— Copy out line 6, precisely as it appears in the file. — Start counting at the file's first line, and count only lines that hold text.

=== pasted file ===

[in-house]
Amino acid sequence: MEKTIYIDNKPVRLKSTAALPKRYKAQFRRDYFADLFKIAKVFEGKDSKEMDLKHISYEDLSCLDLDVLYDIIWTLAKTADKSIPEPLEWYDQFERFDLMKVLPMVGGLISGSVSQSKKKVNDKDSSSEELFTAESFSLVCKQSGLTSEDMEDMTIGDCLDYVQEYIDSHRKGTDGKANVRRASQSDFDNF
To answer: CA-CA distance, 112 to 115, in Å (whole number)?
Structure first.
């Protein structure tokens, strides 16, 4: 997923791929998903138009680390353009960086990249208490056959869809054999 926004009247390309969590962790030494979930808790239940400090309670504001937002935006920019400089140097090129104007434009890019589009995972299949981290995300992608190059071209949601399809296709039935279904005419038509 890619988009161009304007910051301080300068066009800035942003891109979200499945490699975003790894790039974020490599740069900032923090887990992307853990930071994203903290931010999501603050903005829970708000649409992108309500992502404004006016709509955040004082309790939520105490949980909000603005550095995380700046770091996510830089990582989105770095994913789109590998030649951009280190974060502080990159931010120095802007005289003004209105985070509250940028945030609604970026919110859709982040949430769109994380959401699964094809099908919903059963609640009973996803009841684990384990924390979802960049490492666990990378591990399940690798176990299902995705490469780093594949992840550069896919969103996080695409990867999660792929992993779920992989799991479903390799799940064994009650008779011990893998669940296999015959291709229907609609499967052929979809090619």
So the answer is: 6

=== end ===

So the answer is: 6